How many people will need to see the screen?
A 42" plasma screen is the most common size and will usually be sufficient for a smaller meeting – up to 20 people. Several other sizes, bigger and smaller, are available, including 32, 37, 40, 50, 61 inches and now up to 81”. Remember that these screen sizes are a measure of the diagonal dimension of the screen, so a small variation in this vital statistic can make a big difference to the actual screen area.
What will you be showing on the screen?
Both data (from a computer) and video can be used to input into the screen. Some LCD screens and plasmas have a TV tuner built in; others will need a separate tuner if you wish to receive TV signals. Do you have a TV licence? What about a video or DVD player?
How big is the room – do you need a PA system?
There’s nothing worse than being unable to make yourself heard! If there is audio on your material do you have a way to amplify this? Many screens have basic speakers on them, but these are less use for larger events.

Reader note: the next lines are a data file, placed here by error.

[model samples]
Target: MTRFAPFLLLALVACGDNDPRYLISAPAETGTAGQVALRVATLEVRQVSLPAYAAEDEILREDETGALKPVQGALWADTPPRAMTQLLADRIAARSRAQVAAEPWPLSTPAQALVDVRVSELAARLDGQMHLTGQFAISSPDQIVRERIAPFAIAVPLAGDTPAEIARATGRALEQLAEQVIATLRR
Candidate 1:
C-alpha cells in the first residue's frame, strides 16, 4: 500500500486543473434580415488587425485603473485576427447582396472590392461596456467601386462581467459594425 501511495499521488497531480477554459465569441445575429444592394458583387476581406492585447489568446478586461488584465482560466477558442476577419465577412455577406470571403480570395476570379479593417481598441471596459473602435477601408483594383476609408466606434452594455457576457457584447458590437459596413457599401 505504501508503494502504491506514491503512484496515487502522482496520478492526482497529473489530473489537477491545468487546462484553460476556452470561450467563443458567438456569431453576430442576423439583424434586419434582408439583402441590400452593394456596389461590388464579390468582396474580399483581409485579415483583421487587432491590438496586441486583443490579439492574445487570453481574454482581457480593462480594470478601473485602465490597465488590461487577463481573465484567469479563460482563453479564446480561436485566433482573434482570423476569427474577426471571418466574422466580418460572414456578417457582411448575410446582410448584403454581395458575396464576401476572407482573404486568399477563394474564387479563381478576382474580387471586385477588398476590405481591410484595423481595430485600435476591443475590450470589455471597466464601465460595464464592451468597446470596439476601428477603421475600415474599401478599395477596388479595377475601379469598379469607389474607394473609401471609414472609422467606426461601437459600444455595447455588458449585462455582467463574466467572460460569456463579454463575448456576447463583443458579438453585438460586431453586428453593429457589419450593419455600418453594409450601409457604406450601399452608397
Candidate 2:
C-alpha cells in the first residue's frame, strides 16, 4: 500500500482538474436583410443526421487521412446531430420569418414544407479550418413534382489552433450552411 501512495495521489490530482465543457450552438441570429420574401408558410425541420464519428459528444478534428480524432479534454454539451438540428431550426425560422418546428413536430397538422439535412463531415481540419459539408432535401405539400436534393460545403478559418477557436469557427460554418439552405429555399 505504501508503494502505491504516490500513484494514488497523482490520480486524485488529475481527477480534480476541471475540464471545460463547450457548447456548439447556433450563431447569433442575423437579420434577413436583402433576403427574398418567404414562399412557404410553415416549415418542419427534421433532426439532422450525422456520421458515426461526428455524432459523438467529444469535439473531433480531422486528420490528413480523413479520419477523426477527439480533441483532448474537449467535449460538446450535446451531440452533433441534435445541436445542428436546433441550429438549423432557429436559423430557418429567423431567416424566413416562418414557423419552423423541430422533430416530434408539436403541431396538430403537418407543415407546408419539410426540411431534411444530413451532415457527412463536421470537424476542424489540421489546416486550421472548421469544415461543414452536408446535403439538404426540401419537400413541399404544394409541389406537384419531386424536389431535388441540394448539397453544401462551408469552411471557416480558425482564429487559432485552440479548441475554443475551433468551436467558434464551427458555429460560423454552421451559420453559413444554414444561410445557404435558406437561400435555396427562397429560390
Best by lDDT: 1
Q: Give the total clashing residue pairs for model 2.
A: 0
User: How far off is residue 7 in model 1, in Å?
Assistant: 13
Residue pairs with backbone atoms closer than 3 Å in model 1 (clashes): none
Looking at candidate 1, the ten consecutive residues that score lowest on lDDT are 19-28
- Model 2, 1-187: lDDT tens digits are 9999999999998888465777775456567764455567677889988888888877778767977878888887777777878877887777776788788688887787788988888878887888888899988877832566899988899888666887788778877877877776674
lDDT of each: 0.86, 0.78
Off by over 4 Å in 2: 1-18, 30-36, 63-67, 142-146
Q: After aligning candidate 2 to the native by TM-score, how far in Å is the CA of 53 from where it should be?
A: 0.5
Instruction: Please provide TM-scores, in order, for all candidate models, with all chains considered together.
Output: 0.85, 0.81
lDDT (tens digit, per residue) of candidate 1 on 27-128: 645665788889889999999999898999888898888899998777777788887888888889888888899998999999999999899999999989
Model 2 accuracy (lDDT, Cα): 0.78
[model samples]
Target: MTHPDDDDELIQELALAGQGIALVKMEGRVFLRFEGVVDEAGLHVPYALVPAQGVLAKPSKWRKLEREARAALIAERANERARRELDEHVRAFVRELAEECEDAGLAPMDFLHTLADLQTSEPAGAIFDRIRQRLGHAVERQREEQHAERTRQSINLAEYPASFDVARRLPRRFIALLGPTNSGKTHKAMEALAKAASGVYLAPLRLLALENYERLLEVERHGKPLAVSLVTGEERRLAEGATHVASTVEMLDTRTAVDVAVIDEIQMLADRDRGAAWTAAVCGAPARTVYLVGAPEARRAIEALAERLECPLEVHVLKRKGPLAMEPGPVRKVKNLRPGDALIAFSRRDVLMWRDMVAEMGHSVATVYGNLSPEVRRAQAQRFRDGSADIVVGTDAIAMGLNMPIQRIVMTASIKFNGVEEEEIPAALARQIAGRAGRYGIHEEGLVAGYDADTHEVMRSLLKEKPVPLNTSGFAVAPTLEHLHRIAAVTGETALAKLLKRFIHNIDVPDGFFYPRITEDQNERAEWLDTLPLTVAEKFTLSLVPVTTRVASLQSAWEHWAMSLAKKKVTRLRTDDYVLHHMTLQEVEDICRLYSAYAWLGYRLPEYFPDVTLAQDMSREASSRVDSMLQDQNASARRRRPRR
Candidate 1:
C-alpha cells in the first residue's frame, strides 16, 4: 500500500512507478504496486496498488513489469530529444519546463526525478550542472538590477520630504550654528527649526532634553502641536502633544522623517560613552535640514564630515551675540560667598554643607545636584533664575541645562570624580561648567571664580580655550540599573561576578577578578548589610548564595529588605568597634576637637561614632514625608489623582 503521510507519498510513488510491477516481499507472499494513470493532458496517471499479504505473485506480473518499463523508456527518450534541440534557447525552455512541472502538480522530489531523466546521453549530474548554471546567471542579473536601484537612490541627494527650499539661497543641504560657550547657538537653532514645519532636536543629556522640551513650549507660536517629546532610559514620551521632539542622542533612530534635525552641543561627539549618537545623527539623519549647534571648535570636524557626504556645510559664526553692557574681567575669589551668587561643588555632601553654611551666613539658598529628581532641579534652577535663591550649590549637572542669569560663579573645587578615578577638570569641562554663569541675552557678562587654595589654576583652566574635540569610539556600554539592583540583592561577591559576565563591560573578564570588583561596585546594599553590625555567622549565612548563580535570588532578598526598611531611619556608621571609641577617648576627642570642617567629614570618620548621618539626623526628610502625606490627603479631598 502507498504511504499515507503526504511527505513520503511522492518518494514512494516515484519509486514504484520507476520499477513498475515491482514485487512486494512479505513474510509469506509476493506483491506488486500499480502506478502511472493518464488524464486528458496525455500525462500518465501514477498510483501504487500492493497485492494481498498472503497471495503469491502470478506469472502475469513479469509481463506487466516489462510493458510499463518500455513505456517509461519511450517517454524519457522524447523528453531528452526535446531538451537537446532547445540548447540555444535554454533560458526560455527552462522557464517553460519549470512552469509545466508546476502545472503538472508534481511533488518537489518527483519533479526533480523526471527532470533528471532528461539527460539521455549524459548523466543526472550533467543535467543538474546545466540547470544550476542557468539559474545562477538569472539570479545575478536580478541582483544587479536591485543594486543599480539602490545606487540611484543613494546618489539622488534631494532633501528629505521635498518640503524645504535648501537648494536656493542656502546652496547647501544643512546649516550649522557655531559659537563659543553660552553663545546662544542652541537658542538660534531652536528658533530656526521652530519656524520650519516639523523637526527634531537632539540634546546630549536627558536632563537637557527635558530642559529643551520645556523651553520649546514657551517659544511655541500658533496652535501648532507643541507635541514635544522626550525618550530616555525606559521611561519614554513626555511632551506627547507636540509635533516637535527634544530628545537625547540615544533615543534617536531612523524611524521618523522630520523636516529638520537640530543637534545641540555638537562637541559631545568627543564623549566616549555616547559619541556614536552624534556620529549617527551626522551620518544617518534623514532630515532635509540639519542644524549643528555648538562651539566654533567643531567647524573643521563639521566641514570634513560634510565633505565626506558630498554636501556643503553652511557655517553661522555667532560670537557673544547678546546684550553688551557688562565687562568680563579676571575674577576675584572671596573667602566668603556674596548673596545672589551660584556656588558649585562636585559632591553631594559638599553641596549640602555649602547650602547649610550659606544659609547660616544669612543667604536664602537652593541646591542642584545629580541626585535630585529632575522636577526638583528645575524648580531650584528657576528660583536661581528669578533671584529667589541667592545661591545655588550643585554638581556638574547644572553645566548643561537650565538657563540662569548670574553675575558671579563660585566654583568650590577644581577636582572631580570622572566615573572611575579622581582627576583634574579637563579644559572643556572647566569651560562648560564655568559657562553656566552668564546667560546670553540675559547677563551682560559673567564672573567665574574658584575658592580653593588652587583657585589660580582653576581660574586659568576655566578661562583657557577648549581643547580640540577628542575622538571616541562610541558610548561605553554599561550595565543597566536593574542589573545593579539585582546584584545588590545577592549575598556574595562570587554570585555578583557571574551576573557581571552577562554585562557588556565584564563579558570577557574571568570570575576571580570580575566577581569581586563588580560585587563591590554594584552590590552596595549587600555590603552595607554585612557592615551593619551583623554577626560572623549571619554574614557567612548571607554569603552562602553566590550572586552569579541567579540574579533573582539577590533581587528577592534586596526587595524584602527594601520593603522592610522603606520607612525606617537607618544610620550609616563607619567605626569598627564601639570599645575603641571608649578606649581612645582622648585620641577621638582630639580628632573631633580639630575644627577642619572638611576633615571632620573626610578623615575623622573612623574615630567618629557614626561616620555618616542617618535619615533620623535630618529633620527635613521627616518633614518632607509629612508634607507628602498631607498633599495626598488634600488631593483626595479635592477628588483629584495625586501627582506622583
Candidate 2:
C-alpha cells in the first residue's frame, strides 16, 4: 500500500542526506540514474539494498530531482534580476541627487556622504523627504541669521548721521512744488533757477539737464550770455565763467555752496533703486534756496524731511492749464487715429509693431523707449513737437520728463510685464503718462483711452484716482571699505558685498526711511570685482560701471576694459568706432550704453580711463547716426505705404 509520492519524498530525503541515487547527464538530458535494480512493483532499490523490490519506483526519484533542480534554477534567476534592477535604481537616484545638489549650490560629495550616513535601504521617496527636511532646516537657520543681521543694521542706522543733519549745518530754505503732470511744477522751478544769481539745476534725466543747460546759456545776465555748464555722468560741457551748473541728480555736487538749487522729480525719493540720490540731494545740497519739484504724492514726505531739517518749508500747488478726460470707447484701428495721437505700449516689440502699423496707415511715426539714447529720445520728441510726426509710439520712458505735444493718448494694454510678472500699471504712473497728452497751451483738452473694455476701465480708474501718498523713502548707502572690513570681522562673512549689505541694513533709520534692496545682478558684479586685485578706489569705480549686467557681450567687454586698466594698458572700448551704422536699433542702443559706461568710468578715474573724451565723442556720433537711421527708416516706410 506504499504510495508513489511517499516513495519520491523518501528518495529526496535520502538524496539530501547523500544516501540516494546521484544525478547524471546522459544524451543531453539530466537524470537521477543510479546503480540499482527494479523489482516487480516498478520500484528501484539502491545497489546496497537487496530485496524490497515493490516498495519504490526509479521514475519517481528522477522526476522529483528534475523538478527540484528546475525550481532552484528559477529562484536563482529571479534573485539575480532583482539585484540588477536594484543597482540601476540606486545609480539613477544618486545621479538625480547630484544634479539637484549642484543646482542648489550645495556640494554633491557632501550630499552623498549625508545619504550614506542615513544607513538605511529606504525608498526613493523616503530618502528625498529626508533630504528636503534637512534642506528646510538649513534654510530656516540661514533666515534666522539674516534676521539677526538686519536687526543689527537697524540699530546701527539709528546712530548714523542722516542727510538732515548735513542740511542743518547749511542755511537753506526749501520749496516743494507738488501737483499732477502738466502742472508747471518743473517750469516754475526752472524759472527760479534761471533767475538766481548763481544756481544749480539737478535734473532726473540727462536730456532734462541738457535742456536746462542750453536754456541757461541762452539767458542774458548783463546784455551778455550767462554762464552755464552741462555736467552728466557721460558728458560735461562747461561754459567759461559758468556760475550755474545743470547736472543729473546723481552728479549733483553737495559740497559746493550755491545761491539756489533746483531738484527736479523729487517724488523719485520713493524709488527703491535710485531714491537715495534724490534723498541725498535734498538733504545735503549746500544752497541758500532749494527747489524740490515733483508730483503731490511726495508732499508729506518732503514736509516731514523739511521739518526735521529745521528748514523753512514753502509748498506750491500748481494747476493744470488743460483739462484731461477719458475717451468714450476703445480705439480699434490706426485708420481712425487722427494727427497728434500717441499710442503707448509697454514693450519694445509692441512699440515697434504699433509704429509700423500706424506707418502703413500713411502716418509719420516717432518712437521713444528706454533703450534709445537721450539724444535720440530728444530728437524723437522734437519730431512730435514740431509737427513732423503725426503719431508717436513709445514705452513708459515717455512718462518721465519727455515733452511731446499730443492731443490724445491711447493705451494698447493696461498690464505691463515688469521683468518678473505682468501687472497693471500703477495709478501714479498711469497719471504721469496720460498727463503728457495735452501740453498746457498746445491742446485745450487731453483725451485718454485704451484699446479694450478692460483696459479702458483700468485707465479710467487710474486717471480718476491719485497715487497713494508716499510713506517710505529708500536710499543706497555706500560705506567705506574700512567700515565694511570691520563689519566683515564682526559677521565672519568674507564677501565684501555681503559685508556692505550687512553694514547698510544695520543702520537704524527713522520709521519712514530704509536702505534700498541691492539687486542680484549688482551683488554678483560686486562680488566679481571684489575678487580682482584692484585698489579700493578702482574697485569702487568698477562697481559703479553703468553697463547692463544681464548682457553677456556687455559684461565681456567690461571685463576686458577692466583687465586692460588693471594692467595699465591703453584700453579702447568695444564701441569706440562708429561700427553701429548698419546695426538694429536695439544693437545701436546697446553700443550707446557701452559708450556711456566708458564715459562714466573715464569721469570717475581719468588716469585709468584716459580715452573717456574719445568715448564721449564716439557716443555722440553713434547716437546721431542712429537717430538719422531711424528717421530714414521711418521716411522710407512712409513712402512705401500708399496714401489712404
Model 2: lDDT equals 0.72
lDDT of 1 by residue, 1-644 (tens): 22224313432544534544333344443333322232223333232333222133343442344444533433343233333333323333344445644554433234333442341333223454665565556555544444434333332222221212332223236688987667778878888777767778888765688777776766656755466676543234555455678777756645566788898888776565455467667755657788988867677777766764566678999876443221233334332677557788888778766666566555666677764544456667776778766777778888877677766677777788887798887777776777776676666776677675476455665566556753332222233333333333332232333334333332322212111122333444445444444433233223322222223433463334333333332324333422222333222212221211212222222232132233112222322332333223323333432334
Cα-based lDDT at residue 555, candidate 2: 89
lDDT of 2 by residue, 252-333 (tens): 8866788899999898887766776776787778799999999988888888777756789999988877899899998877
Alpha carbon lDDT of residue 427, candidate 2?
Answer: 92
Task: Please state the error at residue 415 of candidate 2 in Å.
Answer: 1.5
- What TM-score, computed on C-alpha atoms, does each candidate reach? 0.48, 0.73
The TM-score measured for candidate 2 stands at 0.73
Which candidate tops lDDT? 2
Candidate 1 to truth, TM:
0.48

What is the difference between LCD and plasma screens?
The technology is converging is terms of quality and size availability. It used to be that plasma was larger, but LCD was brighter. These differences are now reducing as the technologies converge. The choice of LCD or plasma rather depends on the intended use of the screen.
What about the Resolution?
This is the number of pixels available on the screen. The higher the resolution is, the greater the definition and sharpness of the image. This is more important with larger screens where the pixel size is more noticeable, and less important when displaying images from a video source because rapidly changing images make the pixellation less noticeable. Nowadays, it is usually best to go for at least XGA if showing data and at least SVGA if showing only video.
Wall mounts and desk stands
When considering the hire of a plasma screen, remember to consider how it will be presented. The usual method is to use a fixed or wheeled base with steel poles attached. The bracket on the back of the screen is then slid over the poles to allow a decent viewing height. The poles can be of different lengths to allow different heights.
James Hunter works for Status AV , one of the premier plasma screen hire companies in the UK.